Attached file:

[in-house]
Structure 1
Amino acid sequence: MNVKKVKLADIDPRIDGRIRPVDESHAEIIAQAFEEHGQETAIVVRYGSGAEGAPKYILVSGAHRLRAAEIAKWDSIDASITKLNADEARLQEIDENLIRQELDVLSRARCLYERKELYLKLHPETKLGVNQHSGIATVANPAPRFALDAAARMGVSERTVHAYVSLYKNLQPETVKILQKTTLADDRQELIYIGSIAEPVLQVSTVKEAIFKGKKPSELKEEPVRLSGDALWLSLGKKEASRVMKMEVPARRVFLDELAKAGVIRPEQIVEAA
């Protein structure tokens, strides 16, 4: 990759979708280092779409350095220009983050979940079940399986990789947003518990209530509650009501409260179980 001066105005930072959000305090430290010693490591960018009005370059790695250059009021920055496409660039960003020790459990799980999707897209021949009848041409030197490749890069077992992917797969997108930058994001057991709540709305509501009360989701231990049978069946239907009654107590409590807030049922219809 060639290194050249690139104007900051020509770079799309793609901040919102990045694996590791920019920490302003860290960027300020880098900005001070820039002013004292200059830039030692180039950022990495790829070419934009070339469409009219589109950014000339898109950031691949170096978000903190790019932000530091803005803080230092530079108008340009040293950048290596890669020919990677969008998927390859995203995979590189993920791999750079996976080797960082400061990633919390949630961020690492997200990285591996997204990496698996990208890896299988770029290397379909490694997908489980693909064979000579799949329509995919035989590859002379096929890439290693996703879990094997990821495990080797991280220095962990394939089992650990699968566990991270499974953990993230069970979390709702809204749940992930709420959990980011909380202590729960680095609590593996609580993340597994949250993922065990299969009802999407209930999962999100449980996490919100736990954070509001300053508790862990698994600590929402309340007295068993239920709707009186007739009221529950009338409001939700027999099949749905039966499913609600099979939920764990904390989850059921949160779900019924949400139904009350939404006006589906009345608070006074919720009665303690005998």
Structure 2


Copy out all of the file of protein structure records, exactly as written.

[in-house]
Structure 1
Amino acid sequence: MNVKKVKLADIDPRIDGRIRPVDESHAEIIAQAFEEHGQETAIVVRYGSGAEGAPKYILVSGAHRLRAAEIAKWDSIDASITKLNADEARLQEIDENLIRQELDVLSRARCLYERKELYLKLHPETKLGVNQHSGIATVANPAPRFALDAAARMGVSERTVHAYVSLYKNLQPETVKILQKTTLADDRQELIYIGSIAEPVLQVSTVKEAIFKGKKPSELKEEPVRLSGDALWLSLGKKEASRVMKMEVPARRVFLDELAKAGVIRPEQIVEAA
């Protein structure tokens, strides 16, 4: 990759979708280092779409350095220009983050979940079940399986990789947003518990209530509650009501409260179980 001066105005930072959000305090430290010693490591960018009005370059790695250059009021920055496409660039960003020790459990799980999707897209021949009848041409030197490749890069077992992917797969997108930058994001057991709540709305509501009360989701231990049978069946239907009654107590409590807030049922219809 060639290194050249690139104007900051020509770079799309793609901040919102990045694996590791920019920490302003860290960027300020880098900005001070820039002013004292200059830039030692180039950022990495790829070419934009070339469409009219589109950014000339898109950031691949170096978000903190790019932000530091803005803080230092530079108008340009040293950048290596890669020919990677969008998927390859995203995979590189993920791999750079996976080797960082400061990633919390949630961020690492997200990285591996997204990496698996990208890896299988770029290397379909490694997908489980693909064979000579799949329509995919035989590859002379096929890439290693996703879990094997990821495990080797991280220095962990394939089992650990699968566990991270499974953990993230069970979390709702809204749940992930709420959990980011909380202590729960680095609590593996609580993340597994949250993922065990299969009802999407209930999962999100449980996490919100736990954070509001300053508790862990698994600590929402309340007295068993239920709707009186007739009221529950009338409001939700027999099949749905039966499913609600099979939920764990904390989850059921949160779900019924949400139904009350939404006006589906009345608070006074919720009665303690005998």
Structure 2